Accusing Britain of "an extraordinary ... betrayal", Izurrieta revealed that the Chilean ambassador, Mario Artaza, had been assured by the Foreign Office on Friday, October 16 that nothing would happen to the general before his flight. But 12 hours later Pinochet was arrested in his hospital room. The former Conservative party chancellor Lord Lamont also accused the Blair government of "treachery" for allowing Pinochet to be arrested.
Also at the weekend Amnesty International pointed out that whilst Lord Hoffmann's links with the organisation had been used to overturn the previous ruling against Pinochet, the general's defence had not queried Lord Bingham's support for the human rights organisation. Bingham had ruled in Pinochet's favour in the High Court. The Lord Chancellor, Lord Irvine, was another Amnesty supporter and had known of Hoffmann's connection, the group raised. Given that Hoffmann's connections were known to his fellow judges, why had he been selected to participate in the Pinochet appeal, they asked. Though this avenue was not explored by Amnesty International, Lord Irvine is Prime Minister Blair's mentor, Blair having taken his articles as a barrister under Irvine. Under these circumstances a legitimate question is raised as to whether Hoffmann's failure to declare his affiliations can simply be attributed to a personal error of judgement.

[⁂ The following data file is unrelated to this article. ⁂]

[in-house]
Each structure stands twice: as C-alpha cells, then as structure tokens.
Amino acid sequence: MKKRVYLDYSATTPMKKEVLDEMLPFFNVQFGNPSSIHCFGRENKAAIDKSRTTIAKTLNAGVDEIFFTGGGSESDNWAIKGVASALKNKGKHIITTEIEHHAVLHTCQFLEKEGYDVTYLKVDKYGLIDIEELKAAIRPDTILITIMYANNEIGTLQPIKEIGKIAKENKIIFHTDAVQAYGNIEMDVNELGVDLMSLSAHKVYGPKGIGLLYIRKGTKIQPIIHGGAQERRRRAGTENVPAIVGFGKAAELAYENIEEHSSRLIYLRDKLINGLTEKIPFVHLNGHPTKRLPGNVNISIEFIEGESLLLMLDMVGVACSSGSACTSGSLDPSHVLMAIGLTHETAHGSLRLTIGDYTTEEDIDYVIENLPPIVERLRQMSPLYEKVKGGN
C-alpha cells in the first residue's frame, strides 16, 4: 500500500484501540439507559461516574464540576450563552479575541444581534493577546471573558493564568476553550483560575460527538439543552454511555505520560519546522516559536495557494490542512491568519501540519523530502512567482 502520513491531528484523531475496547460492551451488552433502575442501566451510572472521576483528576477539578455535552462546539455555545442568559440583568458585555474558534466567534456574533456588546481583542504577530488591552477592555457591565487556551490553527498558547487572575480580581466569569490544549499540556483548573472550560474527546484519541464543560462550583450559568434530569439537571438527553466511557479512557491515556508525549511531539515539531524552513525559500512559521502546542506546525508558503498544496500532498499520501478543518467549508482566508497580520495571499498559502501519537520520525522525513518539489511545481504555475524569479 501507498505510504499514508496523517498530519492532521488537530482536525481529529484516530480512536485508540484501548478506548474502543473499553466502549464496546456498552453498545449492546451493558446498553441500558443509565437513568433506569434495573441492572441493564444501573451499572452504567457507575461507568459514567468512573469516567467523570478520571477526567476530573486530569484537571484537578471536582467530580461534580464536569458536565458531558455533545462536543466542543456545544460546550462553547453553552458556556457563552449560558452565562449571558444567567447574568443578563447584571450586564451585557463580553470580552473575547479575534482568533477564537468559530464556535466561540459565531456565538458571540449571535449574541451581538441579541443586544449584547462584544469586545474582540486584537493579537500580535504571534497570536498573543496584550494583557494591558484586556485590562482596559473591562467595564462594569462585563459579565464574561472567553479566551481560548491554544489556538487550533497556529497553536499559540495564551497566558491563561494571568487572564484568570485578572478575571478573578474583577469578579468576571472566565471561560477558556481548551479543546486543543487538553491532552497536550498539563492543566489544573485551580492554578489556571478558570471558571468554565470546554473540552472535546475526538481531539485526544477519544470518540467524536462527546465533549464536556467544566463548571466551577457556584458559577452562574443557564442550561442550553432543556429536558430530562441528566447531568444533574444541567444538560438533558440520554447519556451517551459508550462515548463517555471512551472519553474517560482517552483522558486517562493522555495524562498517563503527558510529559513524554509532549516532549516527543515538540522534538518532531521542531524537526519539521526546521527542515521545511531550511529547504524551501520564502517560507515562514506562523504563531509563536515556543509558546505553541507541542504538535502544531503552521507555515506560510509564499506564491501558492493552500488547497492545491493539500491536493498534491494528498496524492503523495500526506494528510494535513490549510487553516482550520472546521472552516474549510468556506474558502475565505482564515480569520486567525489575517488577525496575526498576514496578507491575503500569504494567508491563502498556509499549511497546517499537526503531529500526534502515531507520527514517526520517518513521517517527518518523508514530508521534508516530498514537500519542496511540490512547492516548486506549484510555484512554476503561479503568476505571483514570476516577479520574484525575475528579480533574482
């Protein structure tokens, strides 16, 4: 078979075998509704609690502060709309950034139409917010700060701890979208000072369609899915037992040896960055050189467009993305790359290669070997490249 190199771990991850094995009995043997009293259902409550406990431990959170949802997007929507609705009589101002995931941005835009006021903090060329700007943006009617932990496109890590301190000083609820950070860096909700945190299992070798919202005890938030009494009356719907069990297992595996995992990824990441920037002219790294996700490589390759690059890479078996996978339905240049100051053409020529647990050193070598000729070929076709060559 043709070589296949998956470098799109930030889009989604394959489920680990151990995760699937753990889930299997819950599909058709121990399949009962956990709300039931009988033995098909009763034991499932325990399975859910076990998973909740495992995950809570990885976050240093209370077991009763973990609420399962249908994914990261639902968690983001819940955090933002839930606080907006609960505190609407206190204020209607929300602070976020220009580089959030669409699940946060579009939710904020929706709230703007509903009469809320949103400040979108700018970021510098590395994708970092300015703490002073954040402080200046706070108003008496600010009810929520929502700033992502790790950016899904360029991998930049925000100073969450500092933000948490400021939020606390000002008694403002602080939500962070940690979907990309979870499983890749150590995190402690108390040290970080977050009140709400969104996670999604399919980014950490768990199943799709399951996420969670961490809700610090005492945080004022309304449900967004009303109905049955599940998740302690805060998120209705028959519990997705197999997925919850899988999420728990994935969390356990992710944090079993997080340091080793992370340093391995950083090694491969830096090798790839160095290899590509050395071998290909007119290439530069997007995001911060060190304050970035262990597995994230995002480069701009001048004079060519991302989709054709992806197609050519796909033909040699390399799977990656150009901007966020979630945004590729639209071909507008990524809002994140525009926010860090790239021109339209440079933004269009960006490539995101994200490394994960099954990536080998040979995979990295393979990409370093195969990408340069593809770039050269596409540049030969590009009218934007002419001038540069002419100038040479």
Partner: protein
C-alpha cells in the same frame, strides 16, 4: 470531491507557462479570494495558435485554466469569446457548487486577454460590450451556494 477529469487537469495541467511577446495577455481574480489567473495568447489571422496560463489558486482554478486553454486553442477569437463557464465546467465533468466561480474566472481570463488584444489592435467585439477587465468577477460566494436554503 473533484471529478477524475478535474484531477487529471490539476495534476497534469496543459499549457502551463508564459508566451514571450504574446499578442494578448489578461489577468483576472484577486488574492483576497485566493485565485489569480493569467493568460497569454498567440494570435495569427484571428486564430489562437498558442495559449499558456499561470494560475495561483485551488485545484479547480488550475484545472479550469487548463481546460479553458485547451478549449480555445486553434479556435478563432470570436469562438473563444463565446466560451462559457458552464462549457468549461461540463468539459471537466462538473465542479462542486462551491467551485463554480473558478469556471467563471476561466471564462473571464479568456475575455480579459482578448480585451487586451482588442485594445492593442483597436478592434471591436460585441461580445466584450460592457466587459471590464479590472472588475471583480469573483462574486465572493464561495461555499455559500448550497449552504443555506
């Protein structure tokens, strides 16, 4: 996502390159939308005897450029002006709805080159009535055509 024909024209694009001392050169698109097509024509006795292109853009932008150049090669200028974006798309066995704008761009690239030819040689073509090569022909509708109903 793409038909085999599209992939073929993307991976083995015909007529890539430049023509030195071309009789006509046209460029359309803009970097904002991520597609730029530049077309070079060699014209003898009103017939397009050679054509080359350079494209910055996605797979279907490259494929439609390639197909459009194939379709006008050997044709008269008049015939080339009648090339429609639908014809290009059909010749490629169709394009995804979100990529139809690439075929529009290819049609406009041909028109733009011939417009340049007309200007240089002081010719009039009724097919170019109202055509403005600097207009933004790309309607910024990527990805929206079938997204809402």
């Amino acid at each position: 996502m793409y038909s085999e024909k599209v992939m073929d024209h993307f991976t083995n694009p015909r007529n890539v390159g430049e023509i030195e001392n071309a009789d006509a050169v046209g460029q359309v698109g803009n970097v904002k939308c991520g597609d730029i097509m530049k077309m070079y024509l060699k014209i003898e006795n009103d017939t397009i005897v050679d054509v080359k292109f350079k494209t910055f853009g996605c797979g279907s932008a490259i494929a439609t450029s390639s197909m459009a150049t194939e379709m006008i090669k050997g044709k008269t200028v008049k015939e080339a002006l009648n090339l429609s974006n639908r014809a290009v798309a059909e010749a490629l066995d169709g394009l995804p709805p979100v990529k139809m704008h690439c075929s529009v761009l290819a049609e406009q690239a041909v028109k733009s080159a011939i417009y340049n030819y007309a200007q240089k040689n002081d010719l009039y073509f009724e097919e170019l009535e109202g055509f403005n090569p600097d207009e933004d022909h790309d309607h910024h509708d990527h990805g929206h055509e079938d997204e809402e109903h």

What is incontrovertible is that substantial sections of the British establishment are open defenders of Pinochet. The general's most vociferous supporters have stepped up their public campaign to ensure his freedom. Pinochet was sympathetically photographed and interviewed by two leading British newspapers at the weekend, as part of a publicity drive to portray the general in a more favourable light. He told the newspapers that he was "answerable to only two people--God and the Chileans", and that he was ready to die in Britain, as a "sacrifice for the Fatherland".
On Tuesday, the office of former Tory prime minister, Baroness Margaret Thatcher, released the pamphlet The Real General Pinochet, which is to be sent to 5,000 "opinion formers". It is written by Robin Harris, Thatcher's assistant, and financed by, among others, Taki Theodoracopulos, the gossip columnist; Patti Palmer-Tomkinson, a close friend of the Prince of Wales; and Robin Birley, stepson of the late Sir James Goldsmith, leader of the now defunct anti-European Referendum Party. The pamphlet's author describes Pinochet as a "political prisoner" who has been "kidnapped", and says that his coup saved thousands of lives by averting a long and bloody civil war.